Review of “A Biblical-Theological Introduction to the New Testament” edited by Michael Kruger (Wheaton: Crossway, 2016)

Today I will be reviewing the second installment of a two-part Biblical Theology collection published by Crossway. A Biblical-Theological Introduction to the New Testament is a collection of essays written by the past and present members of the faculty of Reformed Theological Seminary. It shares many traits in common with the Old Testament volume so I would encourage you to check out my review before proceeding here.

In the introductory essay by editor Michael Kruger, he identifies several features of this collection of essays which are of note. First, it is accessible. By this, he means that it does not require a technical knowledge to make use of this volume. Issues like dating are generally left to an appendix, there is a general lack of discussion regarding Greek, and there is a premium placed on more applicable aspects of the text. Second, it is theological. “Because this volume is designed primarily to help pastors and Bible study leaders prepare their sermons or lessons, a higher priority is placed on exploring the message of each New Testament book.” (loc 437) That is one of the primary strengths of this book, is that a pastor can simply read through an essay regarding the book he is working on and already have a good idea of the main themes and structure of the book. When he then goes to more technical commentaries, he already has the foundational aspects of the whole book in mind. Thirdly, it is redemptive-historical. Now, this is a term that can mean different things to different people. What is meant in this volume is that the authors of each essay are intentionally showing “how each book contributes to the fulfillment of God’s salvific plan. In particular, such an approach would focus on how Old Testament history, types, and shadows all find their fulfillment in the person and work of Christ.” (loc 475) Finally, it is Reformed. This was a breath of fresh air for me. It is not the case that there is an absence of good Reformed commentaries, but the fact is that when writing an essay, to properly source your thoughts one often must look outside the Reformed tradition. This is not necessarily a bad thing, but when preparing for a sermon it can be cumbersome to sift through the chaff to find that kernel of wheat. Knowing that these essays were prepared by men who have studied and been approved for Gospel ministry in a Reformed context is incredibly helpful. Fourthly, it is multiauthored. Kruger offers some commentary on the strengths and weaknesses of such an approach, but I will leave the reader to his thoughts on that. Finally, he notes that it is pastoral. “As noted above, the real purpose of this volume is to help Bible study leaders, pastors, and Christian leaders to teach and apply the Word of God to their respective audiences.” (loc 549)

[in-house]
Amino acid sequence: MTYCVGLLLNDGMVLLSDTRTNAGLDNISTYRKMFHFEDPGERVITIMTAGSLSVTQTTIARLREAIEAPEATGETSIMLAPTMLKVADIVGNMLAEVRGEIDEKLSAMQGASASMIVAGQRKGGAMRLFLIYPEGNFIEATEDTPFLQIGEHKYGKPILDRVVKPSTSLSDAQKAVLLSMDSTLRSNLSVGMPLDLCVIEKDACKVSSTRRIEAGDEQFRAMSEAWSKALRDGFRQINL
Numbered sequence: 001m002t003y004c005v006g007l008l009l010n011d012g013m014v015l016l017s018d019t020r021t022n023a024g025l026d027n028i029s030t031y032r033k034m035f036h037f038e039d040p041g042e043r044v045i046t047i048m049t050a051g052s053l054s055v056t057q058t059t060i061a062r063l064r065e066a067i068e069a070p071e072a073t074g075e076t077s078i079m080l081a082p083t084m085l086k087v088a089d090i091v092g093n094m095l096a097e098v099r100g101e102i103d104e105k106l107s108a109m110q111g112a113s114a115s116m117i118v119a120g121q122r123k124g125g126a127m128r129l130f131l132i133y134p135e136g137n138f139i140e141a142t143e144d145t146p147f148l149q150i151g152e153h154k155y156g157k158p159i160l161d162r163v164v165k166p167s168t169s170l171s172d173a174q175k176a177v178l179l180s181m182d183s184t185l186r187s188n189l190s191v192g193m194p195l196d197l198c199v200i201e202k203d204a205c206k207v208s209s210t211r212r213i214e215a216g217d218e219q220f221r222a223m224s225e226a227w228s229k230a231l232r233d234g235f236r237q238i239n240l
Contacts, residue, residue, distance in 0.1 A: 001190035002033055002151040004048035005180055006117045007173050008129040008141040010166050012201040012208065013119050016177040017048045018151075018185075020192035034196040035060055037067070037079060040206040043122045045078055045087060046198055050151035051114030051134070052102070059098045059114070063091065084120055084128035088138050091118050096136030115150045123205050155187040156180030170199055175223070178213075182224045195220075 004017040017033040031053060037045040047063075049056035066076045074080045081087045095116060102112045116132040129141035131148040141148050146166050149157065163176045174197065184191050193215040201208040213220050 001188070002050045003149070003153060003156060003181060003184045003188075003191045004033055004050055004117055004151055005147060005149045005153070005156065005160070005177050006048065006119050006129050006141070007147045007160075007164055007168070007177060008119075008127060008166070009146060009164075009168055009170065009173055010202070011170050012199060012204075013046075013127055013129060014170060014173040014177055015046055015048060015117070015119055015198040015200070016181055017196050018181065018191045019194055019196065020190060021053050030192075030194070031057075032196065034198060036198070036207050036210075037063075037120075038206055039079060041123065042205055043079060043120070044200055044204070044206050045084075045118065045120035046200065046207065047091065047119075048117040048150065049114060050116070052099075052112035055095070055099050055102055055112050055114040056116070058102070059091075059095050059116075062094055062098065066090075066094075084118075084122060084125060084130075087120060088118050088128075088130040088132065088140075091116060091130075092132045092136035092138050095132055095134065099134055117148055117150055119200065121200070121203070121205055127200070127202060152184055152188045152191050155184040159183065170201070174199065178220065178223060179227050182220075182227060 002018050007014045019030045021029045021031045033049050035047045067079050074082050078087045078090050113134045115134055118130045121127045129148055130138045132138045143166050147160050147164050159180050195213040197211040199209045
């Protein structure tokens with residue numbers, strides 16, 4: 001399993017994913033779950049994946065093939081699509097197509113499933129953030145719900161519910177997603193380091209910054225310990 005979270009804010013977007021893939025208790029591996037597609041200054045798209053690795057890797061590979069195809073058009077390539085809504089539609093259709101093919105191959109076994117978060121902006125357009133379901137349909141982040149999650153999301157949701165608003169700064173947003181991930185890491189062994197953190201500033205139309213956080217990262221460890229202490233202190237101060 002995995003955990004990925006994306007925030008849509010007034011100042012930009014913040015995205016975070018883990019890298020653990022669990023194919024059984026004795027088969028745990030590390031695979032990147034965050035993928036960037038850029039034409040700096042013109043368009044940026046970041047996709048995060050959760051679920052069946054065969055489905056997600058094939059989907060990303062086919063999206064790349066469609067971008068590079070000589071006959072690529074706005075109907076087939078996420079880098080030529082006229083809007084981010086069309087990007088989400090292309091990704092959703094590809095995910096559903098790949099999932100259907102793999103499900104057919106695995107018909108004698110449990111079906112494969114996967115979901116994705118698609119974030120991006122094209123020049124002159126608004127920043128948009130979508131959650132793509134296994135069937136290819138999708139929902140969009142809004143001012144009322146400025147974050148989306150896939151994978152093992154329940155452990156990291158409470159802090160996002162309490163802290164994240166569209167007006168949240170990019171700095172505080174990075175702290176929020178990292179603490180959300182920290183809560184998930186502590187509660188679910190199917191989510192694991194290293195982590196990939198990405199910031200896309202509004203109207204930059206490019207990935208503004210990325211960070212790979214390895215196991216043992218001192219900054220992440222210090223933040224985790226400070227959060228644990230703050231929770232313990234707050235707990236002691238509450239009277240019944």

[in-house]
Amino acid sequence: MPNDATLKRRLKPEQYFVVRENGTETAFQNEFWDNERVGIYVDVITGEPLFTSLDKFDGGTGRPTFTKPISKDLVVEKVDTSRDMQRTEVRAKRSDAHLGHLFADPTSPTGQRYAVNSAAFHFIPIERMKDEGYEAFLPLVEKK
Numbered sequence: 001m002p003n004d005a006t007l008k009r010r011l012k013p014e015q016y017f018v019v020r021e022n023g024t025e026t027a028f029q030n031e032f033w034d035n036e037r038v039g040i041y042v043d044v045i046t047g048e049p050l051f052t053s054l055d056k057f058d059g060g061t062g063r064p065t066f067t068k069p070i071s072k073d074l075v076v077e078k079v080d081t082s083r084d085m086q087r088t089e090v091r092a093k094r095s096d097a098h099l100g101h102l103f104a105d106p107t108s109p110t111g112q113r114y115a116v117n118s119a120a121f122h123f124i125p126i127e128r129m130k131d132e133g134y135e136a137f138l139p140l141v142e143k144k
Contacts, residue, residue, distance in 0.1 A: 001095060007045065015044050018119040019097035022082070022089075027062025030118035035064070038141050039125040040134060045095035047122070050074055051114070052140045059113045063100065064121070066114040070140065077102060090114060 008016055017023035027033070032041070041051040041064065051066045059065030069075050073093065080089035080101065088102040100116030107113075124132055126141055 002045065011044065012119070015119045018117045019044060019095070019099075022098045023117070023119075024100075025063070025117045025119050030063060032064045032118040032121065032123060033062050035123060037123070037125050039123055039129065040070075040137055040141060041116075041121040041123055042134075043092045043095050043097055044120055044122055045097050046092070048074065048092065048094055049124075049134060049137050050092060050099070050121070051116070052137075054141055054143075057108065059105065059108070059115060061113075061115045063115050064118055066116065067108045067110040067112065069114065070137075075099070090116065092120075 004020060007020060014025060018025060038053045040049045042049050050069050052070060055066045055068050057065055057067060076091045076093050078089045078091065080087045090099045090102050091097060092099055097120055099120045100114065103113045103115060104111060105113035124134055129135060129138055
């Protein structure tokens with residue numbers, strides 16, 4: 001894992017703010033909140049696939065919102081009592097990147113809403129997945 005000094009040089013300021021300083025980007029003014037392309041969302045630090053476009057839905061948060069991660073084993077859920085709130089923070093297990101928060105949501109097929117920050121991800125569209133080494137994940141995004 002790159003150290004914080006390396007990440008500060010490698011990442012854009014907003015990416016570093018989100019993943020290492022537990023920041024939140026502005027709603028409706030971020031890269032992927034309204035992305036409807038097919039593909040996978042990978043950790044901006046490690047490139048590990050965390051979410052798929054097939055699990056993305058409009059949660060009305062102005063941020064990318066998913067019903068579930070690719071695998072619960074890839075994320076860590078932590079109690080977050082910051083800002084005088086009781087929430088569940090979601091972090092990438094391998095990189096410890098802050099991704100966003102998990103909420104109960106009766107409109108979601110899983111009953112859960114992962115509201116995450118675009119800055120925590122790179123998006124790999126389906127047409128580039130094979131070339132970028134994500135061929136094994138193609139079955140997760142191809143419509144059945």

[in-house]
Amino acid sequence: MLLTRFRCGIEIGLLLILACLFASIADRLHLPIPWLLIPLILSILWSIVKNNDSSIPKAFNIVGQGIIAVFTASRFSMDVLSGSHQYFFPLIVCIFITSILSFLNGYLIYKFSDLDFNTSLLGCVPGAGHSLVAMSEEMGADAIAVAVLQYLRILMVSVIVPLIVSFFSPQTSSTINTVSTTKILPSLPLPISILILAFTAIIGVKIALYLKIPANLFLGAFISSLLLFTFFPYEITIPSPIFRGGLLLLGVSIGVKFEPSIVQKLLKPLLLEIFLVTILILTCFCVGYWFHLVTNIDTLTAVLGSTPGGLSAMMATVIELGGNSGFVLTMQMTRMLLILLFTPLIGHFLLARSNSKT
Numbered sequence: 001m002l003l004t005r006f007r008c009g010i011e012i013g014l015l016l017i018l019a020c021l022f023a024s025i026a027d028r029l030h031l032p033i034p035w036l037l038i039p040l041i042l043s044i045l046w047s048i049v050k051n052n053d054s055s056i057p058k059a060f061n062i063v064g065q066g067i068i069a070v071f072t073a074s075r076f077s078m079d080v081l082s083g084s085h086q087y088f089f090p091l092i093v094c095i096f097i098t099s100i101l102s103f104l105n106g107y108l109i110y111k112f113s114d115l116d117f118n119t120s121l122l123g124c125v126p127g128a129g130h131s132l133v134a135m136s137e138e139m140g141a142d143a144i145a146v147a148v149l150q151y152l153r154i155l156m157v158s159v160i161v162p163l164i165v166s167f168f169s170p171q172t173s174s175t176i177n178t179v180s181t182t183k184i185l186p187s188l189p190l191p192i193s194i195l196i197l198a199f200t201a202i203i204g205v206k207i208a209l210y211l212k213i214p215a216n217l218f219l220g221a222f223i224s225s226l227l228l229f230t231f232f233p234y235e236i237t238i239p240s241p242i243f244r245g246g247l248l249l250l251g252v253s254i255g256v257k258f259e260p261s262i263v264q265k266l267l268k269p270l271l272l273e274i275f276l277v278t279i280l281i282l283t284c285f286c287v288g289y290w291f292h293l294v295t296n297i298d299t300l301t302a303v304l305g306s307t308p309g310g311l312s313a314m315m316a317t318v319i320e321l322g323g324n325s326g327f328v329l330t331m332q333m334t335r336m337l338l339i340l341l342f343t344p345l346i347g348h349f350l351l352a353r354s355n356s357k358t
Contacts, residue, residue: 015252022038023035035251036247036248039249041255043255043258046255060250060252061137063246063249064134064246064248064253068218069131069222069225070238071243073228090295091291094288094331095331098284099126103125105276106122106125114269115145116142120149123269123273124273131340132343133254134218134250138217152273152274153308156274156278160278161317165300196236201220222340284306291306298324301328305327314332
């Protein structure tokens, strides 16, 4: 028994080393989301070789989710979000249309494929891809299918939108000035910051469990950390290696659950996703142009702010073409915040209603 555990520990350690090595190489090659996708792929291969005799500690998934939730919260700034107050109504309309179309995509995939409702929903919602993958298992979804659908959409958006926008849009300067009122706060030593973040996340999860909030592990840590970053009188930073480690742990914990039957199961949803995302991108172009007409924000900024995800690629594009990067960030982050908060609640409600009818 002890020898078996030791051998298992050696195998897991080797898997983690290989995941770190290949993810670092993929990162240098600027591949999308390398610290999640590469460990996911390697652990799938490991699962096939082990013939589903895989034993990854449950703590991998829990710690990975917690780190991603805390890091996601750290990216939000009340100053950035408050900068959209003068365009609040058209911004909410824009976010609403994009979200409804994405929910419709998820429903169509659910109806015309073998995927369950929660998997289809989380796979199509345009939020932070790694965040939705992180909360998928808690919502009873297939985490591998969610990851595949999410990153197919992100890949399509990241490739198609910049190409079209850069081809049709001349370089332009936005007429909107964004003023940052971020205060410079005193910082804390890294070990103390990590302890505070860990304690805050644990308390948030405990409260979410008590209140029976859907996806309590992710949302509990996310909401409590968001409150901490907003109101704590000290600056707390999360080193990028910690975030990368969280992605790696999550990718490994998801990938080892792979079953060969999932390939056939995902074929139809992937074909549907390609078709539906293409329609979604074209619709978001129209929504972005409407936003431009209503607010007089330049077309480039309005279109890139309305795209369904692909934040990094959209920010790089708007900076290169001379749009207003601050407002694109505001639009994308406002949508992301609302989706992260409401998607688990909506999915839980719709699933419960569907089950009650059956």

Rather than spend time exploring the specifics of each essay, or even the specific of any one essay, I will make some brief comments. Each essay is valuable in its own right, and I would commend this work as an addition to the library of any pastor or biblical student. Not only that, but it is approachable enough that any adult Christian reader would benefit from a run through this and the accompanying Old Testament volume. The varied style of each essay, although basically structurally the same, I found to be somewhat distracting. This is mostly a reader preference, and not necessarily a weakness of the book, but it is important to know this going into the text. For those who may find this problematic, I would suggest not reading the book sequentially, as I did for review purposes. That isn’t really the intention of the book anyway, so that isn’t an issue. That said, the essays were all excellent, and I particularly enjoyed the essay on Hebrews by Simon Kistemaker.


Please Note: The publisher has provided me with an electronic copy of this book for review purposes.